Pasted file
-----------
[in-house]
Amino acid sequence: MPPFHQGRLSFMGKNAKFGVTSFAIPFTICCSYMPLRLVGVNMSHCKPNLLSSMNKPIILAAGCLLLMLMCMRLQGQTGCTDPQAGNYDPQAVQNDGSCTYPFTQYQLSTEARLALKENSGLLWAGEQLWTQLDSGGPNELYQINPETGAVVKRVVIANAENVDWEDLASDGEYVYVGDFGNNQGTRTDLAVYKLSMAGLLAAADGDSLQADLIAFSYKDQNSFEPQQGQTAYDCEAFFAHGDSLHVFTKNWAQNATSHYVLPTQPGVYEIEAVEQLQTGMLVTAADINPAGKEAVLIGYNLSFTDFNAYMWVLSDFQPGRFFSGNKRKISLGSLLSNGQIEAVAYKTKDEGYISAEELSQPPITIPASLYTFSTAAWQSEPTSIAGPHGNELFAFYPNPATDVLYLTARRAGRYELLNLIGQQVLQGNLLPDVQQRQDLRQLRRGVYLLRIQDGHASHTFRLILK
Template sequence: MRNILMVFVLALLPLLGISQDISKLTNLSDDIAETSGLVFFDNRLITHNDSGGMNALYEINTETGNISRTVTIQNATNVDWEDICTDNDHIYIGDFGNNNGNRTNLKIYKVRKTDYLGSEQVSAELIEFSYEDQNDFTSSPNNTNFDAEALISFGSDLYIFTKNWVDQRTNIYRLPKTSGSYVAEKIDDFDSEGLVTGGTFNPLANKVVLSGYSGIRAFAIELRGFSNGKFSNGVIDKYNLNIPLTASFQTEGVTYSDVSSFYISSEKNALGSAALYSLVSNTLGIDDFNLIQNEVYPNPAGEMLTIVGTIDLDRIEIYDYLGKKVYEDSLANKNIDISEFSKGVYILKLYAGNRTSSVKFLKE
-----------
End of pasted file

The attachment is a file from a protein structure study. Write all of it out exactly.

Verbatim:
[in-house]
Amino acid sequence: MPPFHQGRLSFMGKNAKFGVTSFAIPFTICCSYMPLRLVGVNMSHCKPNLLSSMNKPIILAAGCLLLMLMCMRLQGQTGCTDPQAGNYDPQAVQNDGSCTYPFTQYQLSTEARLALKENSGLLWAGEQLWTQLDSGGPNELYQINPETGAVVKRVVIANAENVDWEDLASDGEYVYVGDFGNNQGTRTDLAVYKLSMAGLLAAADGDSLQADLIAFSYKDQNSFEPQQGQTAYDCEAFFAHGDSLHVFTKNWAQNATSHYVLPTQPGVYEIEAVEQLQTGMLVTAADINPAGKEAVLIGYNLSFTDFNAYMWVLSDFQPGRFFSGNKRKISLGSLLSNGQIEAVAYKTKDEGYISAEELSQPPITIPASLYTFSTAAWQSEPTSIAGPHGNELFAFYPNPATDVLYLTARRAGRYELLNLIGQQVLQGNLLPDVQQRQDLRQLRRGVYLLRIQDGHASHTFRLILK
Template sequence: MRNILMVFVLALLPLLGISQDISKLTNLSDDIAETSGLVFFDNRLITHNDSGGMNALYEINTETGNISRTVTIQNATNVDWEDICTDNDHIYIGDFGNNNGNRTNLKIYKVRKTDYLGSEQVSAELIEFSYEDQNDFTSSPNNTNFDAEALISFGSDLYIFTKNWVDQRTNIYRLPKTSGSYVAEKIDDFDSEGLVTGGTFNPLANKVVLSGYSGIRAFAIELRGFSNGKFSNGVIDKYNLNIPLTASFQTEGVTYSDVSSFYISSEKNALGSAALYSLVSNTLGIDDFNLIQNEVYPNPAGEMLTIVGTIDLDRIEIYDYLGKKVYEDSLANKNIDISEFSKGVYILKLYAGNRTSSVKFLKE